Formalist Criticism is a school of thought that focuses on the formof a literary work. Formalists rely on close reading as well as a step-by-step analysis of the elements in a text. Although Formalists have been faulted for ignoring the cultural and sociological implications of reading and reproducing texts, their methodology is a perfect way to begin analyzing a poem.
Formalists are sensitive to the denotations and connotations of all words; they look for structural relationships and patterns, including the tone, mood, sequence, and narrative of the text; symbols, metaphors, and images are key. In A Handbook of Critical Approaches to Literature, Wilfred Guerin says this about the objective of Formalist critics:
What did the author do by so arranging those words, those images and symbols, those details of plot and action? How did the author “achieve” this accomplishment?…We can say that what the author did was to make us see that internal relationships gradually reveal a form, a principle by which all subordinate patterns can be accommodated and accounted for. When all the words, phrases, metaphors, images, and symbols are examined in terms of each other and of the whole, any literary text worth our efforts will display its own internal logic. When that logic has been established, the reader is very close to identifying the overall form [and also how form enhances the purpose] of the work. (Guerin 95)
Begin by reading Chapter 25 on literary criticism and the Lecture Notes on literary criticism. Then, select a poem to analyze and begin your drafting and revising process. Use the Formalist approach to analyze a poem of your choosing. The only restriction is that it should be available in the textbook, and it should be original analysis (please avoid repeating work that you’ve already done on a poem before).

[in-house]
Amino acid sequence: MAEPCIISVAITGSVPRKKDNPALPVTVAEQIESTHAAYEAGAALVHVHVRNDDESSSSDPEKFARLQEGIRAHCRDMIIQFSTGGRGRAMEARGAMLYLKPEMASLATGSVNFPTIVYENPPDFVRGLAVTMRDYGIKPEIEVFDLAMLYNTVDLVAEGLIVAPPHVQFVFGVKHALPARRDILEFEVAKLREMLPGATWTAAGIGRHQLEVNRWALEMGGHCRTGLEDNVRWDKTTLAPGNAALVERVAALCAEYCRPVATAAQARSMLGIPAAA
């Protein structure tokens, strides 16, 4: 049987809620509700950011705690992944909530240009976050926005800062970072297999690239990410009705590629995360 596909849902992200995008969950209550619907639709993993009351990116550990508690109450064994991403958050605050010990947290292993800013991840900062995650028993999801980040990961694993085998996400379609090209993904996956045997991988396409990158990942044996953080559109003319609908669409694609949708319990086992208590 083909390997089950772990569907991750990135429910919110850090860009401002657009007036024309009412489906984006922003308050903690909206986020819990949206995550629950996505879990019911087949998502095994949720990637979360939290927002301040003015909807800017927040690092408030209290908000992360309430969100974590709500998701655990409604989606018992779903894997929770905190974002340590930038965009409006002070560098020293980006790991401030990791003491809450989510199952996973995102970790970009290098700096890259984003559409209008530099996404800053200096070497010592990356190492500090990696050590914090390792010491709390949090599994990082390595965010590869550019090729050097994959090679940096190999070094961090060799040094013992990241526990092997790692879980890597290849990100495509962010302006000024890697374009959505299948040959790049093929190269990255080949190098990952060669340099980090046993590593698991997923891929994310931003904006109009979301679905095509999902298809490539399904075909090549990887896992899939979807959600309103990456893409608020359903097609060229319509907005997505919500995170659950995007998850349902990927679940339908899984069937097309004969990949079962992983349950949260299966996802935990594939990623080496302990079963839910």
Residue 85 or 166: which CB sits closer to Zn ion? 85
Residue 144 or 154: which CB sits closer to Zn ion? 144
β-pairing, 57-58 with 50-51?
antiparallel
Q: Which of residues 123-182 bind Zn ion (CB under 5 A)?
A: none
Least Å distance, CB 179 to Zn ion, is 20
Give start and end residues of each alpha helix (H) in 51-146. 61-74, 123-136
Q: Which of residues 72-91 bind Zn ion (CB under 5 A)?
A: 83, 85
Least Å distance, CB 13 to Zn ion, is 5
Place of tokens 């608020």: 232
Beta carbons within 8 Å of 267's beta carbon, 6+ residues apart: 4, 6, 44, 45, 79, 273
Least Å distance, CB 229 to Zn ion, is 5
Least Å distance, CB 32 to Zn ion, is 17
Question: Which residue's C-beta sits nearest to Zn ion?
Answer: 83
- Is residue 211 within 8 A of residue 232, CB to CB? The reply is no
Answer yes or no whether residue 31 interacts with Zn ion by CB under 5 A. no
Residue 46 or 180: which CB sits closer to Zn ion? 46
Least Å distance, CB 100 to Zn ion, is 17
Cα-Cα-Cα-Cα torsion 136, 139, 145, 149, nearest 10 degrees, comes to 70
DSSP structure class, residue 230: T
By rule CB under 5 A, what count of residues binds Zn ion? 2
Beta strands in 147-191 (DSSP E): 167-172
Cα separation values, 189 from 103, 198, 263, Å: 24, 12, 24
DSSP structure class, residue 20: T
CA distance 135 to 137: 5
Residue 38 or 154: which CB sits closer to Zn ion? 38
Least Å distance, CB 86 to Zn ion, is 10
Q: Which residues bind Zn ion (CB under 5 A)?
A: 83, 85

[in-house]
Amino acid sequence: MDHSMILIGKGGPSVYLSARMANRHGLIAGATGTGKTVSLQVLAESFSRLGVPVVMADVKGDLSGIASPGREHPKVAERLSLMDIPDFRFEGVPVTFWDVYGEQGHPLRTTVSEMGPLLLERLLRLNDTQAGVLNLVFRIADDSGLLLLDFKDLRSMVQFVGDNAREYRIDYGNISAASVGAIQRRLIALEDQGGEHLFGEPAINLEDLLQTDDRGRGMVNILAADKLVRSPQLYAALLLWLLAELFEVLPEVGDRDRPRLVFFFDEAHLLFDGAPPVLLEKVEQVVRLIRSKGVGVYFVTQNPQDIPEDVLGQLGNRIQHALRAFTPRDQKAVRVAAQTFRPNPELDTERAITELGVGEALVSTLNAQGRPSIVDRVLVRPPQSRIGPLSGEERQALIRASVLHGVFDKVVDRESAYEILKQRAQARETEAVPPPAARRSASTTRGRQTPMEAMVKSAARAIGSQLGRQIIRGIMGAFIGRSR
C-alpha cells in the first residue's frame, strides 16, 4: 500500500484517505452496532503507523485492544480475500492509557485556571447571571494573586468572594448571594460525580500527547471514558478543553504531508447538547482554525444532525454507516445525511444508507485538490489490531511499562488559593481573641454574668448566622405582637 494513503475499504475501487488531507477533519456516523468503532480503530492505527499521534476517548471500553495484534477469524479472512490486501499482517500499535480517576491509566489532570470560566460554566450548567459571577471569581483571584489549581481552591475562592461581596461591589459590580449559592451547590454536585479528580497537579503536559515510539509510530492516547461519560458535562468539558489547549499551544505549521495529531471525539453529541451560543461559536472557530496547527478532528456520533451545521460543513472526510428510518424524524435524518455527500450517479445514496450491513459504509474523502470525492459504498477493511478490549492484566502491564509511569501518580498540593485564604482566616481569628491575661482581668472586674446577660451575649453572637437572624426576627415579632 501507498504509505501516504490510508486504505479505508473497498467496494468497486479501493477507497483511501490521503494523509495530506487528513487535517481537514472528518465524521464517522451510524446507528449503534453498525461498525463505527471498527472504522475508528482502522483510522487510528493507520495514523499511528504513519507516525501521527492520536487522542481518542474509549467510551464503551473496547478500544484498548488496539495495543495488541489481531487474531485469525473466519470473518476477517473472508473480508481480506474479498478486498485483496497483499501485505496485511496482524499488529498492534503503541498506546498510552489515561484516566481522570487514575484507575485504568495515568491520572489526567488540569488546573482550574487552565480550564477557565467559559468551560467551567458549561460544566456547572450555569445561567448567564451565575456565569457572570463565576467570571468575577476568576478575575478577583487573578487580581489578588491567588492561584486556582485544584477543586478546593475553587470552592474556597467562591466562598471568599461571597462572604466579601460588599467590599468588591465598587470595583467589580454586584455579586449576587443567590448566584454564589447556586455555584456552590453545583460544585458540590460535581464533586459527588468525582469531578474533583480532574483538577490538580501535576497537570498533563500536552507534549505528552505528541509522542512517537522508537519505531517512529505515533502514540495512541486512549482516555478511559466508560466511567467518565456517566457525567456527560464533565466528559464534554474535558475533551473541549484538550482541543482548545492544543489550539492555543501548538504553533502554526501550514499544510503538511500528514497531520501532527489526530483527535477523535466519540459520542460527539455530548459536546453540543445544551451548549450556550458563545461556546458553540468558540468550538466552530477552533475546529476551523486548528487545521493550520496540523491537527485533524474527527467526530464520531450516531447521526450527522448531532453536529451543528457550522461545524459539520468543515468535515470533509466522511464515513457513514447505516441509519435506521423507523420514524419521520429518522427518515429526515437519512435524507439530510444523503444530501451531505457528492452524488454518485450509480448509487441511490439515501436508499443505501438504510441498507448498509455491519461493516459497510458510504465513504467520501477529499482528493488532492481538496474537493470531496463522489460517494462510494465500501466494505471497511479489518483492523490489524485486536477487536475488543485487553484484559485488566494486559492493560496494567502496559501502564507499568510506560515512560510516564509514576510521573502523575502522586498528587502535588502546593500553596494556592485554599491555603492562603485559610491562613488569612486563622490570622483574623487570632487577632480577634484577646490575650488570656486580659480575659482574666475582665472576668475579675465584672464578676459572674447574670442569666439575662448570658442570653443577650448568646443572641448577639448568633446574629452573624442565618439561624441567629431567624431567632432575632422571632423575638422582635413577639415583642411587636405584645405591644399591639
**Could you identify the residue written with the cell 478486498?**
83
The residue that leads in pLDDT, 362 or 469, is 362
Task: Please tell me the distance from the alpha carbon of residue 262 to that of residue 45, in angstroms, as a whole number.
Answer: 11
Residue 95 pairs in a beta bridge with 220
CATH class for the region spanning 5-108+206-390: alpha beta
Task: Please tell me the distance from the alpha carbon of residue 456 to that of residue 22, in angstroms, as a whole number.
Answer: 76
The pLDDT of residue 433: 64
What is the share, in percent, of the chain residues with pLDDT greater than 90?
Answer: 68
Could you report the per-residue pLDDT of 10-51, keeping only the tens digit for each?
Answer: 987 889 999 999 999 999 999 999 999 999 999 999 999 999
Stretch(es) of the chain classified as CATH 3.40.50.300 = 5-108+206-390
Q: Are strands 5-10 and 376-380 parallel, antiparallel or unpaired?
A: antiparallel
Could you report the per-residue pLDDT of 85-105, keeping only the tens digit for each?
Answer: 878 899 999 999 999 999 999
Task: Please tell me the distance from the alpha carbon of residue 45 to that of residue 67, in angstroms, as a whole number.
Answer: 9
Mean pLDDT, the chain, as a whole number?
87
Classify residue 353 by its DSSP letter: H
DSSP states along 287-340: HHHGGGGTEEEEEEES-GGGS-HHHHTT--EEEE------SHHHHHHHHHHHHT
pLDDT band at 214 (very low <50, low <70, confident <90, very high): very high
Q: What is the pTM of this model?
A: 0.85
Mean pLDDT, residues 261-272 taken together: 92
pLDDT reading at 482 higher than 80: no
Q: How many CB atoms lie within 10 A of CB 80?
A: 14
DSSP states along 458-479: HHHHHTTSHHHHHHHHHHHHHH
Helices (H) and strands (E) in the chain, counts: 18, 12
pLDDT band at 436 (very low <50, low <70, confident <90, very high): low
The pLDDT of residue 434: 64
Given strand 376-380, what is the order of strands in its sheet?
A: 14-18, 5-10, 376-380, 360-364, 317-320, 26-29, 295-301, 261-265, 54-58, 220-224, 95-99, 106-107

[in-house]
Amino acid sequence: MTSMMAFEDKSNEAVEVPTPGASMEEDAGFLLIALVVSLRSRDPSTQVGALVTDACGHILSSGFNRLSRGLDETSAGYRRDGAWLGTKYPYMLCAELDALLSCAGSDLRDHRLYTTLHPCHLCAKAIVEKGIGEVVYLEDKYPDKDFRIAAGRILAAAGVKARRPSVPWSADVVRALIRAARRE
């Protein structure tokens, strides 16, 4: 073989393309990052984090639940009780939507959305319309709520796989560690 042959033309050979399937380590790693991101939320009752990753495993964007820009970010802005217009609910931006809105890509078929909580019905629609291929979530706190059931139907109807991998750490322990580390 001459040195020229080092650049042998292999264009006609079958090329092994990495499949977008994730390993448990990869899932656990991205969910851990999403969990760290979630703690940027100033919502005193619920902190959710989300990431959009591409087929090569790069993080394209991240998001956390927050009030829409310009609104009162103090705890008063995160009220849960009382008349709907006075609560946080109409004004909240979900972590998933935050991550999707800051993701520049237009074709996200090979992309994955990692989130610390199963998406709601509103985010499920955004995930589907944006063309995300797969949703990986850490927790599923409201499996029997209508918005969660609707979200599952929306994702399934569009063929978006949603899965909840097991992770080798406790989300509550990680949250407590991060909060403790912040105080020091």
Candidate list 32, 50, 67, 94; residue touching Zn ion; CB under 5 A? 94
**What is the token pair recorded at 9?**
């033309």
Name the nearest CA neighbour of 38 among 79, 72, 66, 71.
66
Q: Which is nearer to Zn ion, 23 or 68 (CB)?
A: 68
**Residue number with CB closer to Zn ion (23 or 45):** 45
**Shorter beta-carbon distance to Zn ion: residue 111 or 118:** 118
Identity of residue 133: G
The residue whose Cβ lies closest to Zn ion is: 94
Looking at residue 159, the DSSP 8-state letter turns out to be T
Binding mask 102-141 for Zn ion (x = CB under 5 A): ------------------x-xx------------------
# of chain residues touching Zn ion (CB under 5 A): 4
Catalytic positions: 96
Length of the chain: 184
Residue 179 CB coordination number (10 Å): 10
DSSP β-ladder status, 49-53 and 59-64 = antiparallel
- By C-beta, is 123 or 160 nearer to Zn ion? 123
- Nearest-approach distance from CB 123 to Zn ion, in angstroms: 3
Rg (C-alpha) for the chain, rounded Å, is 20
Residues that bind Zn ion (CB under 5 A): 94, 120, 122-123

You may want to consider the following questions: What structure, shape, denotations and connotations, contexts, images, symbols, repeated details, climax, dénouement, balances and tensions, rhythms and rhymes, and sounds catch the reader’s attention, and why? What is the attitude of speaker’s voice? How do you know?
What makes this work worth studying—if you believe the poem is indeed worth studying? Overall, what in this poem contributes to the uniqueness of this work? What makes it whole? What makes it come together? A Formalist would say that whatthe work says and howit says it are inseparable issues. Learn the trade of a Formalist, and address this last point: that the form and the function of a poem are both integral to overall meaning. Use well-chosen evidence to support your analysis.
When you’re ready, submit your work in the Session 7 SafeAssign link. Remember to use MLA format for this submission. This is a formal academic essay, so please use Standard English and observe academic conventions. This essay should reach at least two pages, double-spaced.
Formalist analysis (close reading of a poem)
Content Check (15): _____
- 1.Appropriate discussion of Formalist approach
a. Writer explains and applies the Formalist approach to a poem
b. Key terms identified and analyzed in the essay
- 2.The essay has a main point about the poem; there is a clear thesis statement
- a.The writer answers the question: how is the poem’s form--including imagery, detail, structure, voice, climax, rhythm--connected to its purpose or meaning?
- b. Sufficient development/evidence supports the thesis statement
MLA format, including header and appropriate documentation (3): _____
Grammar/Mechanics Check (2): _____
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